To the delight of teachers and other school district employees, the South Fork Commuter Connection may continue into June.
The rail and bus service, which is designed to alleviate traffic worsened by the County Road 39 expansion project, is scheduled to end May 23, the Friday before Memorial Day, but New York State Assemblyman Fred Thiele Jr. is pushing for the Commuter Connection to continue to the end of the school year.
He also hopes it will return in the fall.
The new lane of traffic on County Road 39 is expected to be completed sometime in April, but the response to the train service has Mr. Thiele and other officials wanting to keep it going.
Not only would the extended service benefit school employees, but it is also necessary to evaluate ridership trends, Mr. Thiele said.
“As we get closer to the summer, the congestion will continue to increase and the ridership will go up,” he predicted, adding that as the weather gets warmer, and people do not have to stand out in the cold to wait for the train, commuters will be more likely to opt for the rails.
But Mr. Thiele’s plans do not include summer service in July and August.
“Under the circumstances,” Mr. Thiele said, “there was just a whole host of problems that made it hard to do this summer.”
When school lets out, Mr. Thiele expects ridership would decline sharply since the teachers will no longer be part of the commute, and it would not be cost effective. Also, the Long Island Rail Road cannot offer shuttle service during the South Fork’s peak months anyway, he pointed out, because the necessary train cars are needed elsewhere to fulfill the existing LIRR summer schedule.
“Right now, we have to work with what the railroad can provide us,” he said.
On Friday, Mr. Thiele led a meeting with LIRR President Helena Williams, local elected officials and representatives of State Senator Kenneth LaValle and U.S. Congressman Tim Bishop to discuss the future of the Commuter Connection and possibly funding sources for making it permanent starting this fall if the ridership warrants it.
Between January and February, ridership dropped from 6,958 total passengers to 4,117. School districts had a week of winter recess in February though, which may account for part of the drop in ridership.
Southampton Town Supervisor Linda Kabot said the prospect of extending service past May 23 is not promising.
“What we’re seeing is it needs to be hugely subsidized,” she said.
Congressman Bishop promised to secure $500,000 in federal funding so Southampton can pay the LIRR for “inter-hamlet train service.” Will Jenkins, a spokesman for Mr. Bishop, explained that the funding would be for roadwork, but would free up the town’s operating budget to be able to afford the train service.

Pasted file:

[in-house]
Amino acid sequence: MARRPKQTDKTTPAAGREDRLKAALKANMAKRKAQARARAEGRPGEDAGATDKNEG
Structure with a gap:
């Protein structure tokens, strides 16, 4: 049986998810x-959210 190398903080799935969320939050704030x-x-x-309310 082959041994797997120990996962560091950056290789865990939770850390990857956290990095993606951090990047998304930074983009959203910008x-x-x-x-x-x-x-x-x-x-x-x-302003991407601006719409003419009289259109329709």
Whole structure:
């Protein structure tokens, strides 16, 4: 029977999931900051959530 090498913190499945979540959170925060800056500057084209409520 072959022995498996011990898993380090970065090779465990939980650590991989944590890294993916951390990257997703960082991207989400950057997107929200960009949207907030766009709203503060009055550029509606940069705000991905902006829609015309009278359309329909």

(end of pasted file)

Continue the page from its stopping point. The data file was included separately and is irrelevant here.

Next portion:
Ms. Kabot said when outside funding dries up, the town cannot continue service on the back of its taxpayers. Ms. Kabot said the railroad collects $12 million in tax revenue annually from Southampton Town, without providing $12 million in service in return. She emphasized that for the shuttle service to continue, it will be contingent on the money other levels of government are willing to contribute.
The town has been paying about $880 a day for Hampton Jitney and Montauk Bus Company to provide connections with Southampton and Bridgehampton train stations, and an additional $250 a day to fund 18-passenger town buses.
“You can’t do shuttle service without bus support,” said Joe Calderone, a spokesman for the LIRR. He explained that if the town does not continue to provide connecting buses, there will be no point to running the trains.
The service has been successful, and the LIRR would like to continue that success, he said. At this point, the rail road is taking its cues from local officials and trying to meet their needs, Mr. Calderone said.
“The real question here isn’t going to be the funding,” Mr. Thiele said. “It’s going to be the next couple of months, what direction the ridership is going in.”
Southampton Town is exploring other options for making commuting less burdensome in the meantime, Ms. Kabot said, such as expanding the mission of Southampton’s “senior shuttle” to include transporting town employees.
The town is also in the midst of a study of the feasibility of a comprehensive East End shuttle, serving East Hampton, Southampton, Shelter Island, Southold and Riverhead.
“We’re about a third of the way through the feasibility study,” said Tom Neely, director of public transportation and traffic safety for Southampton Town. Mr. Neely, who is also project manager for the study, said he hopes results will be ready by the end of the year.